Australia announces biological warfare on invasive toad

The discovery a highly invasive toad’s presence in a United Nations protected site has prompted the Australian government to declare a biological war on the amphibian.

Federal Environment Minister Robert Hill has declared all-out war on the “march of cane toads across Australia”. The amphibian, which is highly invasive and destructive, is moving south and west at the rate of about 18.5 miles (30 kilometres) per year, and has already colonised most of Queensland, and large areas of the Northern Territory and New South Wales. Sightings of the toad in the Kakadu National Park in the Northern Territory, which seems to have been the final straw as it is on the United Nations Educational Scientific and Cultural Organization (UNESCO) World Heritage List for both its cultural and natural significance and is a refuge for many rare species.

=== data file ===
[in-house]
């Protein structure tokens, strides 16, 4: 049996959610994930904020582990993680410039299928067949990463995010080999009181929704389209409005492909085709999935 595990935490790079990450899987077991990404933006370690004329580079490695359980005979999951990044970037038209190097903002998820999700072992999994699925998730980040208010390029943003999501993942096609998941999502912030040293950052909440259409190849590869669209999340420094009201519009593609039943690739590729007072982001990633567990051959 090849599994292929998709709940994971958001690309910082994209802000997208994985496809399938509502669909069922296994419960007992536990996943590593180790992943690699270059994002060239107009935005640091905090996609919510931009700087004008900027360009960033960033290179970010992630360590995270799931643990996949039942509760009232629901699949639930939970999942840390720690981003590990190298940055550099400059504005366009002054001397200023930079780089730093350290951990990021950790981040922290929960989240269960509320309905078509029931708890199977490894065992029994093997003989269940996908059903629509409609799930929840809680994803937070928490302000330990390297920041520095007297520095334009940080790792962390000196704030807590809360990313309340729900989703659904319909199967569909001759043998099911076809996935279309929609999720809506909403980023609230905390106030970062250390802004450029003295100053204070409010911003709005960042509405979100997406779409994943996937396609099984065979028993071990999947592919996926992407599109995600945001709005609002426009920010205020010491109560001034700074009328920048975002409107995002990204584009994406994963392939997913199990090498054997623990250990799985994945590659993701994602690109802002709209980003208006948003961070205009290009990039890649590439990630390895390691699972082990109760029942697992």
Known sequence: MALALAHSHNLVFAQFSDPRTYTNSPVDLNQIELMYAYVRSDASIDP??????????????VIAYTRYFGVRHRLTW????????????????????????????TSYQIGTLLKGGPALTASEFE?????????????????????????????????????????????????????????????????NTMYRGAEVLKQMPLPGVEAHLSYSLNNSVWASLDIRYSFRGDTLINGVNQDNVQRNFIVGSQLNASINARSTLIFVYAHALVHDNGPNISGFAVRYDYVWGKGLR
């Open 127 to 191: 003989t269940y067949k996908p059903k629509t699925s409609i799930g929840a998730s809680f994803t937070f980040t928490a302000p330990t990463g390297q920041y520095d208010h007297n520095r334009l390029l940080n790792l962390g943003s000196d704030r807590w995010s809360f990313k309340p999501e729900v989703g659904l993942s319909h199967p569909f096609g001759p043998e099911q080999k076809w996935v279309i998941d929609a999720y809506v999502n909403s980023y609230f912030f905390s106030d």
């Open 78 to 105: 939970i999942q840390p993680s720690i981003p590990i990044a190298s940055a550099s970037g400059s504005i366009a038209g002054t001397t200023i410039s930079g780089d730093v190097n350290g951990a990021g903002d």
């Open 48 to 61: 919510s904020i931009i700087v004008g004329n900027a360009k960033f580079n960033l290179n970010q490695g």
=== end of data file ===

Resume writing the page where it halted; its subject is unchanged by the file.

The Federal Government believes biological controls, which have so far proved ineffective in stopping the cane toad’s advance, are the answer, however, and on 15 March, Hill announced more than AU$1 million (US$500,000) towards a new project searching for a gene critical to toad development which can effectively be ‘switched off’. The possibility of distribution of the gene through a suite of naturally occurring viruses is also under investigation.

“Finding the right gene will lead to the CSIRO being able to arrest the toad’s development, which could prevent it from reaching adulthood and to the reproductive stage,” Hill said.

“Every effort is being made to understand the full impacts of these invasive species on the park,” Hill said. “Preparations include a risk assessment of the impact of cane toads in Kakadu, public education activities and staff training. All staff, many of the traditional owners and local businesses have been provided with training on cane toad identification and reporting requirements. The Federal Government is concerned about the impacts of cane toads and will be working with park staff, scientists, traditional owners and the local community to ensure Kakadu’s World Heritage values are protected.”

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